Uptime

The severe thunderstorm last night knocked out power, and the UPS did not hold long enough before the power was restored. So early this morning, when the power did come back I had to power on my web server.
From the server log, I could tell that last time I had to reboot the server was 115 days ago. Last time I had to reboot the server because I had to move the UPS to another location. In fact, ever since I switched my server from running Windows 2003 to Linux (Ubuntu 7.04) last year, I haven’t really had the need to reboot the server at all (other than prolonged power outage, etc.).

It just works. While I was running Windows 2003, 9 out of 10 times when an update came I had to reboot. Which means I had to reboot at least once per month if I kept my update schedule with Microsoft’s patch dates. It is almost unfathomable for a Windows Server to run for hundreds of days without the need to reboot. Even though desktop oriented Linux distributions (e.g. Ubuntu) do require reboot sometimes after an important update, it is a relatively rare occasion. I only had to reboot my Linux desktop (Ubuntu 8.04) a few times since April even though the updates come almost daily.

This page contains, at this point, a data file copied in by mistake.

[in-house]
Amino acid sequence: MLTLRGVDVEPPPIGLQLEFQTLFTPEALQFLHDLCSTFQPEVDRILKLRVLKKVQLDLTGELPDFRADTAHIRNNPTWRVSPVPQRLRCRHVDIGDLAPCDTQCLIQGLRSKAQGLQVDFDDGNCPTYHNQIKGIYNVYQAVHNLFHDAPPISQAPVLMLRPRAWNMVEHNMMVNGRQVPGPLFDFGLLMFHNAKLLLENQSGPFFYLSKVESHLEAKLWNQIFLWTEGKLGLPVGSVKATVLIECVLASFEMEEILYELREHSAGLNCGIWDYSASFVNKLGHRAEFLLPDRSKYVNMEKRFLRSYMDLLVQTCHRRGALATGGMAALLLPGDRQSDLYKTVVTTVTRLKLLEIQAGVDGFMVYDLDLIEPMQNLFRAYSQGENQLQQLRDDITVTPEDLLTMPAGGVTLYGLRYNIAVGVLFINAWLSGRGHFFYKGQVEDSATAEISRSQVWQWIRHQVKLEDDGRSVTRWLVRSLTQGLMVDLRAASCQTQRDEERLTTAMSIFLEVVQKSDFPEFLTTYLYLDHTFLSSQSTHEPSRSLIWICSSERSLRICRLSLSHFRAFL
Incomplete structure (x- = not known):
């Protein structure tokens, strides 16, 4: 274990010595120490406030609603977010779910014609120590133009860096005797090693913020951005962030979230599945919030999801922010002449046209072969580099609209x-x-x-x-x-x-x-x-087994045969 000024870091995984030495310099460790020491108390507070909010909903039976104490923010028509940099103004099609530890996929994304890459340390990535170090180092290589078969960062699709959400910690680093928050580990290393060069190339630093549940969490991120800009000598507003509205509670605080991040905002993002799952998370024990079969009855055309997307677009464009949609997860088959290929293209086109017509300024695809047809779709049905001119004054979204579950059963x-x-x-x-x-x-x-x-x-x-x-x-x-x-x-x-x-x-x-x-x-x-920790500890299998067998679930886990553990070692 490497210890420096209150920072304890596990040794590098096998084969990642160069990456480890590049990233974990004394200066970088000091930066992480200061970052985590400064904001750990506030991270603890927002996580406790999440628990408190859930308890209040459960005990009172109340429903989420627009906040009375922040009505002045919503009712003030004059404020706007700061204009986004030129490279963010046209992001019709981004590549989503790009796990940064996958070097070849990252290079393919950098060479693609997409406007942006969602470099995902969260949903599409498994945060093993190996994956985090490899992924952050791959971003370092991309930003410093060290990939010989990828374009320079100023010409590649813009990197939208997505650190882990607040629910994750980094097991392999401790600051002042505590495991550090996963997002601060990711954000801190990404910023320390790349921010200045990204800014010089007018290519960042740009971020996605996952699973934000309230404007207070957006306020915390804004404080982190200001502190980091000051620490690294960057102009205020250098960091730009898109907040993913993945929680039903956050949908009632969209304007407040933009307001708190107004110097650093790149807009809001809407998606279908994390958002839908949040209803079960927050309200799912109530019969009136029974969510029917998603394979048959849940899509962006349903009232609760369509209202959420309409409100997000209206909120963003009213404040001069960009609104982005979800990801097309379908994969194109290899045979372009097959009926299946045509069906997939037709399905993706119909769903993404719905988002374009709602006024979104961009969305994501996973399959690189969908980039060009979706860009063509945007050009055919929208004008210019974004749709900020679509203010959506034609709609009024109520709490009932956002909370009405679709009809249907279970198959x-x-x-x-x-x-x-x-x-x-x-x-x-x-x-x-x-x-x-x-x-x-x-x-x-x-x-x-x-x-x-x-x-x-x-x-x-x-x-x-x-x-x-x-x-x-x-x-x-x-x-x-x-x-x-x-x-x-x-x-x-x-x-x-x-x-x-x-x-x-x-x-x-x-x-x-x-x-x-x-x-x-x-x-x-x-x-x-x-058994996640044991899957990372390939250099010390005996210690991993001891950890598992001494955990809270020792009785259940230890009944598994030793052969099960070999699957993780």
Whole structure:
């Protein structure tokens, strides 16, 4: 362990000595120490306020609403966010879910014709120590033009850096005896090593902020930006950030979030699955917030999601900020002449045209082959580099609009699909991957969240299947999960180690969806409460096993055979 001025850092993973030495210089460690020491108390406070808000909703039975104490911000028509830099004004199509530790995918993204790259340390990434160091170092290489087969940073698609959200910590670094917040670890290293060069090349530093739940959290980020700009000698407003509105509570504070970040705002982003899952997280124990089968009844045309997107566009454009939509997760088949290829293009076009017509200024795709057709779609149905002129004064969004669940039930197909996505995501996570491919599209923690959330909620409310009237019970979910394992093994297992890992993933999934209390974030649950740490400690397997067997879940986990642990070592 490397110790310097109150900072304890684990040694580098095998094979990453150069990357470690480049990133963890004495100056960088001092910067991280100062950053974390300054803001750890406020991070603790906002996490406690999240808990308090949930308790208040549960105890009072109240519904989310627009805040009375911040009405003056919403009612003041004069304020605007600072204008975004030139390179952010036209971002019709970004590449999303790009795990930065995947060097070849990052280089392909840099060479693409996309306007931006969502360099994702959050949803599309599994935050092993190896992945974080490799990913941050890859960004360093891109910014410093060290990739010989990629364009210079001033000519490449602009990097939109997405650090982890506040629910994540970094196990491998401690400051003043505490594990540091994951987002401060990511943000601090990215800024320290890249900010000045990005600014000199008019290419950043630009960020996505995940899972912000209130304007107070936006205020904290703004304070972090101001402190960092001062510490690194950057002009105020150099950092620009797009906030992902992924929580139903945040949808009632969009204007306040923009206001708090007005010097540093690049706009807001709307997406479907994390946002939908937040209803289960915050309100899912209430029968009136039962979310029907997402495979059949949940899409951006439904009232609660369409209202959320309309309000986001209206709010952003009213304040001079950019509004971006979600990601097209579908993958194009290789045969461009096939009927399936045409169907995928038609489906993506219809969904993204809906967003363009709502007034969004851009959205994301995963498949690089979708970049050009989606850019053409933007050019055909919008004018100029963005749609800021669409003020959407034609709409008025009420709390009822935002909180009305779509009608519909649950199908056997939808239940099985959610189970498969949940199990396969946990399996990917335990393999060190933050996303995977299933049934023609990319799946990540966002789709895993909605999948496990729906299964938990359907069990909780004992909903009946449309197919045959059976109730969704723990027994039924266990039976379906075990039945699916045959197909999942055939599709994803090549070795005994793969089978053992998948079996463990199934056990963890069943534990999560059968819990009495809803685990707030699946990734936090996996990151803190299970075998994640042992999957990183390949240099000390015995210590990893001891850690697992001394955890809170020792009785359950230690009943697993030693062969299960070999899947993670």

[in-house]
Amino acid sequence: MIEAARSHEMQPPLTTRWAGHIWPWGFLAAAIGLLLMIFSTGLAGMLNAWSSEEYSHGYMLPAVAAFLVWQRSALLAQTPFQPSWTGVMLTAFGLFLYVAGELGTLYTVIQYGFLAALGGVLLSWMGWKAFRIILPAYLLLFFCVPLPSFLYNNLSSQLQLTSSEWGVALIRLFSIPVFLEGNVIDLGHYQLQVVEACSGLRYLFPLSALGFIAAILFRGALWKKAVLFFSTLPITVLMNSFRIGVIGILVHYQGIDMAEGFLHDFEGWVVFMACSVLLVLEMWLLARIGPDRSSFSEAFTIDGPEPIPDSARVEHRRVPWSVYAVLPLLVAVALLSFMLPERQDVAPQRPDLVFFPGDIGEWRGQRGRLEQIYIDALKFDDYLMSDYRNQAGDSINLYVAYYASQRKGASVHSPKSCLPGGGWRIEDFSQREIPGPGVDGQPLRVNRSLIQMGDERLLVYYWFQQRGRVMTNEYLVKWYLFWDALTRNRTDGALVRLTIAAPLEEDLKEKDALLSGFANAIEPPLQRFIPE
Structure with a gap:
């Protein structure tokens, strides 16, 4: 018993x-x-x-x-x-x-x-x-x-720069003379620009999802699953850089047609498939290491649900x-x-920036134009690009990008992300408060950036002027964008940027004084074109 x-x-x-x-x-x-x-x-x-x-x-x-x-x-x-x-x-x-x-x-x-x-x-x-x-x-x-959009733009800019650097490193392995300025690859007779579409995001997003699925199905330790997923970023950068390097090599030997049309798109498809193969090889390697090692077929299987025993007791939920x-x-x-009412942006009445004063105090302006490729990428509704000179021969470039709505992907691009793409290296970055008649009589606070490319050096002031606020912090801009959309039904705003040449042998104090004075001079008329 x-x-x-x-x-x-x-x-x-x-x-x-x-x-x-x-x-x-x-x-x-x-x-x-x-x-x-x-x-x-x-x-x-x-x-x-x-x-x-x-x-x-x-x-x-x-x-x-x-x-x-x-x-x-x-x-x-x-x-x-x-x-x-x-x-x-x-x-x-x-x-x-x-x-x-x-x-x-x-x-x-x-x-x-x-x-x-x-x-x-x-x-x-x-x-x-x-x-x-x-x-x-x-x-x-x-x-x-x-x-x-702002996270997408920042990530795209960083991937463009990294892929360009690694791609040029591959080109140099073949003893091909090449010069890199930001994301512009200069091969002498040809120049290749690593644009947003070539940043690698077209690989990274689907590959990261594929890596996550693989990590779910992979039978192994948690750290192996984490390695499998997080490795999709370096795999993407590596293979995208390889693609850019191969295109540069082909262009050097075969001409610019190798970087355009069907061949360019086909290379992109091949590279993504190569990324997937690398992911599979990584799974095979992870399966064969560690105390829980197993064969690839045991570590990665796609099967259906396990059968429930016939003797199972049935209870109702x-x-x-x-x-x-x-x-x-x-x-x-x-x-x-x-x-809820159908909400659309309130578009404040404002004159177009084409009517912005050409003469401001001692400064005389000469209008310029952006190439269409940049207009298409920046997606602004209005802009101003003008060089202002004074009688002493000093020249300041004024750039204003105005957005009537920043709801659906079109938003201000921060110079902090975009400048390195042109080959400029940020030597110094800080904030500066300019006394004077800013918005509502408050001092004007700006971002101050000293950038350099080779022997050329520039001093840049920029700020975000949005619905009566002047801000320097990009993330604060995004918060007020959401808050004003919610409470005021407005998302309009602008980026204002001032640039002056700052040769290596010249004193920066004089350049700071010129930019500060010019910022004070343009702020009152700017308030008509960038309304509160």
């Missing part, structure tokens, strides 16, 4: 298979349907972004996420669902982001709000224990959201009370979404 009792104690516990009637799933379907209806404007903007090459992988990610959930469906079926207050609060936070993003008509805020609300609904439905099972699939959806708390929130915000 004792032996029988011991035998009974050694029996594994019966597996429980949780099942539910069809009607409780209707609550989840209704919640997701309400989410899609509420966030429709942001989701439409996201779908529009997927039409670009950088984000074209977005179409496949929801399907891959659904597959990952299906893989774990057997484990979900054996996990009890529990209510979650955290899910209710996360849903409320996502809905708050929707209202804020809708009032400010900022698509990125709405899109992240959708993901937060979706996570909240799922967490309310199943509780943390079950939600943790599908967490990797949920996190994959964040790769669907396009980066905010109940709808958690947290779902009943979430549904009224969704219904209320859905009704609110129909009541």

Besides the need to periodically reboot the server due to updates, I had to reset the IIS quite a bit to just keep my website running. While this might not be the fault of Microsoft, its server software certainly did not provide enough information for me to diagnose the root cause. In fact I remembered that I routinely checked my website the first thing in the morning because I couldn’t be sure of whether the site was up or not. And whenever the site was down, I had to run through a bunch of tests to figure out whether it was IIS or my DynDNS client.

The Linux server footprint is incredibly small (around a few hundred megs), making the whole system backup a feasible and enjoyable task. The backup process is surprisingly simple as well. Unlike on Windows systems, where a dedicated backup application is needed for a full system backup, simply command like “tar” will to the job just fine. And even a full disk clone could be done without any special software other than “dd”.

Anyway, I guess I don’t have to worry about my server for now as I know it will be running flawlessly until another power outage or DSL outage strikes…

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